SHAFT: IMITATION OF LIFE by DAVID F. WALKER/DIETRICH SMITH (2017, Dynamite, 104pp) ∗∗∗∗
Blurb: After a high-profile case puts him in the headlines, private detective John Shaft is looking for something low profile and easy that will keep him out of the spotlight, out of danger. Shaft takes a missing person case that proves to be more difficult than he initially thought. At the same time, he is hired to be a consultant on a low budget film that may or may not be based on his life, and proves to be as dangerous as any job he’s ever had. But when there’s danger all about, John Shaft is the cat that won’t cop out – even if it means squaring off against sadistic gangsters that want him dead.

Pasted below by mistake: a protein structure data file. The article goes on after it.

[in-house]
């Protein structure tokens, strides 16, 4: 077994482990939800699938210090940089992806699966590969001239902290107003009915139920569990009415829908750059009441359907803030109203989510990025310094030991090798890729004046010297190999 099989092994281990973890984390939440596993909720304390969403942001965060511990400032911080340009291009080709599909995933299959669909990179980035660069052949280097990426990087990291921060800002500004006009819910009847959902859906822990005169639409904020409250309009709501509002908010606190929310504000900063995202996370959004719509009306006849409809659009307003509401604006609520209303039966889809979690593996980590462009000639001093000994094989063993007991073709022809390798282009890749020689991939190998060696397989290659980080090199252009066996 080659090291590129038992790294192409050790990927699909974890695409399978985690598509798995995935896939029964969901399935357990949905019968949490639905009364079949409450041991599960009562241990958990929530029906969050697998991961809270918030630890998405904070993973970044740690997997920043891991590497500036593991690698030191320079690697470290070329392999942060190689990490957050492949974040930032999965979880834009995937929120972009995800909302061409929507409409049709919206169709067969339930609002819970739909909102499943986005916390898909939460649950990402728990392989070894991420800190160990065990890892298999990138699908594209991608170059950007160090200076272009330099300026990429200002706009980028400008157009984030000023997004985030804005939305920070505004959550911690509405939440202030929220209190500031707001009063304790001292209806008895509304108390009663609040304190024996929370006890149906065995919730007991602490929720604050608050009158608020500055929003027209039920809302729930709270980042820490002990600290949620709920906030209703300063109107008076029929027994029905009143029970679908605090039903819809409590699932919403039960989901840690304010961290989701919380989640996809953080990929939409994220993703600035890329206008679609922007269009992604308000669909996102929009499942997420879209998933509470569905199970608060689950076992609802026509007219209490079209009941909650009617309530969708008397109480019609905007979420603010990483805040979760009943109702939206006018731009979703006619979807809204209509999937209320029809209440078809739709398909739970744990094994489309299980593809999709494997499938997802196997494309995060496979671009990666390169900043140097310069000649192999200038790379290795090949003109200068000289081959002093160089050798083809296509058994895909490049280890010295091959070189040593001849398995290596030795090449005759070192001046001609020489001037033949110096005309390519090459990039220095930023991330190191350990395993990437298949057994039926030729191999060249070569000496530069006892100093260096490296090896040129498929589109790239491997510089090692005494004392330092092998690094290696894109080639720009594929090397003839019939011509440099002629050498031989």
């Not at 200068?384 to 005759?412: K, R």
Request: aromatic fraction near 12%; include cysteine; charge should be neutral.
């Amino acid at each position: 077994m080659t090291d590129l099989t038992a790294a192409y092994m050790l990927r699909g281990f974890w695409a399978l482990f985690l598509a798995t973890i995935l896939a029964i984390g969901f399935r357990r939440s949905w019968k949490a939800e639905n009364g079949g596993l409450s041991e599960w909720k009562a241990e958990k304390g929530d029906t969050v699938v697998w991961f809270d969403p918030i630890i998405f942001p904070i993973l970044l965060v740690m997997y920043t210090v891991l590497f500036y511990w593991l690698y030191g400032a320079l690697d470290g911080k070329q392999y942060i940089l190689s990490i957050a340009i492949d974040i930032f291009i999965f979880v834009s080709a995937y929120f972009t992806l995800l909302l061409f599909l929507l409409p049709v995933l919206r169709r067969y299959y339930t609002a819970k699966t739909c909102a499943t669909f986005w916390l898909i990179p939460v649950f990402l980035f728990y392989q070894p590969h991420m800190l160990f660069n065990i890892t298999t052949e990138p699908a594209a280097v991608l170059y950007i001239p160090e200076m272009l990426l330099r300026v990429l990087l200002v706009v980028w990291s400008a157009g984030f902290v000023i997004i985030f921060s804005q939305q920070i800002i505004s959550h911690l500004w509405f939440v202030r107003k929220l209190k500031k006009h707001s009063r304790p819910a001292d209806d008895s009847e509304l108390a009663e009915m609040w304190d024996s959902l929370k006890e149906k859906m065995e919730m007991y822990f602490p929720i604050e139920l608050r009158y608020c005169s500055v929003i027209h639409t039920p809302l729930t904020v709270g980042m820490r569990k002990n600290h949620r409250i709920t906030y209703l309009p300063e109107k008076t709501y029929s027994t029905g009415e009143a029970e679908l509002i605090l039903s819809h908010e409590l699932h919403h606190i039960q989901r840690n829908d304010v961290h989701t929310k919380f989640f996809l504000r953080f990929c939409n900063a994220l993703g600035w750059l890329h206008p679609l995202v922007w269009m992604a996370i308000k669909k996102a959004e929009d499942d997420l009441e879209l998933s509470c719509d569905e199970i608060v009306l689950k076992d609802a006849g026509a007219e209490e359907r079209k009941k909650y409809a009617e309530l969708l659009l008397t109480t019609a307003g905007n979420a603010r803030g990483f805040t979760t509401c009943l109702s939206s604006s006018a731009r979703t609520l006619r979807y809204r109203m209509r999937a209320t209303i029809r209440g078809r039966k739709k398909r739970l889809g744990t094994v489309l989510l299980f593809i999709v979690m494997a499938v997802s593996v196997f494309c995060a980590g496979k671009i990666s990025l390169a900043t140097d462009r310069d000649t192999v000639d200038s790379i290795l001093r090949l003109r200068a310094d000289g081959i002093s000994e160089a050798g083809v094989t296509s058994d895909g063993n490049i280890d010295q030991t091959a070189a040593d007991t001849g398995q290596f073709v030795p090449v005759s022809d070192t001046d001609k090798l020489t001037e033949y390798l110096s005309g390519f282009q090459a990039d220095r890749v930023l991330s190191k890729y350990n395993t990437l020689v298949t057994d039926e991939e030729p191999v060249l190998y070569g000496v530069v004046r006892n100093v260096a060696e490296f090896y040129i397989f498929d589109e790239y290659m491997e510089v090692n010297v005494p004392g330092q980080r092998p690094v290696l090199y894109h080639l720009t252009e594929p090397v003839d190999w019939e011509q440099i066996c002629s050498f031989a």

The trade paperback publication of this four-part comic book arrives a year after similar treatement for Shaft: A Complicated Man. David F. Walker returns as writer and is partnered with Dietrich Smith as artist. The book demonstrates the confidence Walker took from his critically acclaimed debut as the literary heir to Ernest Tidyman’s creation. The story stretches itself around social issues of a decaying New York and the expoitation of young gays through pornography. Walker also finds time to seemingly take a satirical swipe at some of the excesses of Blaxploitation cinema, by having Shaft work as a consultant on a film based on his own exploits, only here exaggerated to comical effect. In reality, however, this is a dig at the makers of the proposed new Shaft movie, which is reported to have a comedic slant. Smith’s artwork is more bold and colourful than the more sensitive tones applied by Bilquis Evely. His work is very effective and at times sublime – notably in the use of light and shade at the start of Part 3, where Shaft is interviewed by detectives in his office. Ultimately, whilst the story lacks the dramatic and emotional bite of Walker’s debut, it is an entertaining read lifting the lid on the sleazier aspects of early 1970s New York. Unlike the TP publication of Shaft: A Complicated Man, this book comes without any extras, such as an introduction, script extracts and character profiles, which is a shame. It is also a shame that Dynamite seem to have stalled on any new Shaft output – with as yet no commissioned third comic book or follow-up novel to Walker’s excellent Shaft’s Revenge. There is also no news of the continuation of the reprints of Tidyman’s originals. I hope the publisher has not lost interest in the series and that we see more Shaft output very soon.